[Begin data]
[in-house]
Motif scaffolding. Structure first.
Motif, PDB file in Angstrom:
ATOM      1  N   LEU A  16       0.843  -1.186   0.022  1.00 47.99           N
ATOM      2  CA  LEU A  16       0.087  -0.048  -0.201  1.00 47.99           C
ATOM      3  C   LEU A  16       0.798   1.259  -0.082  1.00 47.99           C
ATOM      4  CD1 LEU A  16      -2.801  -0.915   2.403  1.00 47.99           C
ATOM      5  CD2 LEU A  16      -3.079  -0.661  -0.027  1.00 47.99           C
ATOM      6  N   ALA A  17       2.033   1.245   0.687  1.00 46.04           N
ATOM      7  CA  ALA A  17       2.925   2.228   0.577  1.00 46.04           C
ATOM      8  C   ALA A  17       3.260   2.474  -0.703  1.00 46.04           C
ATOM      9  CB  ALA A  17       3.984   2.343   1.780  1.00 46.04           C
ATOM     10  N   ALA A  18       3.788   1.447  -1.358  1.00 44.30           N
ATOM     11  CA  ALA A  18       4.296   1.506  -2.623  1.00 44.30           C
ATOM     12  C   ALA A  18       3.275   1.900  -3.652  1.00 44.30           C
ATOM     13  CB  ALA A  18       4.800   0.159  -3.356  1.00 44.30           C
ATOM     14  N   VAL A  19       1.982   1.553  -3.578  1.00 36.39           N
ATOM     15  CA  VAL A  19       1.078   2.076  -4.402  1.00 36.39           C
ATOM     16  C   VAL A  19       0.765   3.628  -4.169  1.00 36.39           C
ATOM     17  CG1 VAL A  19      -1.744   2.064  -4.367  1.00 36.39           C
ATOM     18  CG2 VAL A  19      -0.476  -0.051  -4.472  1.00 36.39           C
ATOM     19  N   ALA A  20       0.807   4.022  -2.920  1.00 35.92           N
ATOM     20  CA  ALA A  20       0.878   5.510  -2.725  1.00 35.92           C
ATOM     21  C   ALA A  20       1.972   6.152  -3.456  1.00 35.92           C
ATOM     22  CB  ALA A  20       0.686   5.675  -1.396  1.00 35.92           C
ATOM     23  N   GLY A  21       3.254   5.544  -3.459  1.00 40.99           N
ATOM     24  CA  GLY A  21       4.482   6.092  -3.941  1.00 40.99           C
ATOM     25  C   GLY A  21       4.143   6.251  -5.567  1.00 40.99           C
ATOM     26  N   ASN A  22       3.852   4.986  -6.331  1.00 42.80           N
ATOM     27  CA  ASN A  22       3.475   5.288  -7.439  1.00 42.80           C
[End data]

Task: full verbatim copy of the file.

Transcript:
[in-house]
Motif scaffolding. Structure first.
Motif, PDB file in Angstrom:
ATOM      1  N   LEU A  16       0.843  -1.186   0.022  1.00 47.99           N
ATOM      2  CA  LEU A  16       0.087  -0.048  -0.201  1.00 47.99           C
ATOM      3  C   LEU A  16       0.798   1.259  -0.082  1.00 47.99           C
ATOM      4  CD1 LEU A  16      -2.801  -0.915   2.403  1.00 47.99           C
ATOM      5  CD2 LEU A  16      -3.079  -0.661  -0.027  1.00 47.99           C
ATOM      6  N   ALA A  17       2.033   1.245   0.687  1.00 46.04           N
ATOM      7  CA  ALA A  17       2.925   2.228   0.577  1.00 46.04           C
ATOM      8  C   ALA A  17       3.260   2.474  -0.703  1.00 46.04           C
ATOM      9  CB  ALA A  17       3.984   2.343   1.780  1.00 46.04           C
ATOM     10  N   ALA A  18       3.788   1.447  -1.358  1.00 44.30           N
ATOM     11  CA  ALA A  18       4.296   1.506  -2.623  1.00 44.30           C
ATOM     12  C   ALA A  18       3.275   1.900  -3.652  1.00 44.30           C
ATOM     13  CB  ALA A  18       4.800   0.159  -3.356  1.00 44.30           C
ATOM     14  N   VAL A  19       1.982   1.553  -3.578  1.00 36.39           N
ATOM     15  CA  VAL A  19       1.078   2.076  -4.402  1.00 36.39           C
ATOM     16  C   VAL A  19       0.765   3.628  -4.169  1.00 36.39           C
ATOM     17  CG1 VAL A  19      -1.744   2.064  -4.367  1.00 36.39           C
ATOM     18  CG2 VAL A  19      -0.476  -0.051  -4.472  1.00 36.39           C
ATOM     19  N   ALA A  20       0.807   4.022  -2.920  1.00 35.92           N
ATOM     20  CA  ALA A  20       0.878   5.510  -2.725  1.00 35.92           C
ATOM     21  C   ALA A  20       1.972   6.152  -3.456  1.00 35.92           C
ATOM     22  CB  ALA A  20       0.686   5.675  -1.396  1.00 35.92           C
ATOM     23  N   GLY A  21       3.254   5.544  -3.459  1.00 40.99           N
ATOM     24  CA  GLY A  21       4.482   6.092  -3.941  1.00 40.99           C
ATOM     25  C   GLY A  21       4.143   6.251  -5.567  1.00 40.99           C
ATOM     26  N   ASN A  22       3.852   4.986  -6.331  1.00 42.80           N
ATOM     27  CA  ASN A  22       3.475   5.288  -7.439  1.00 42.80           C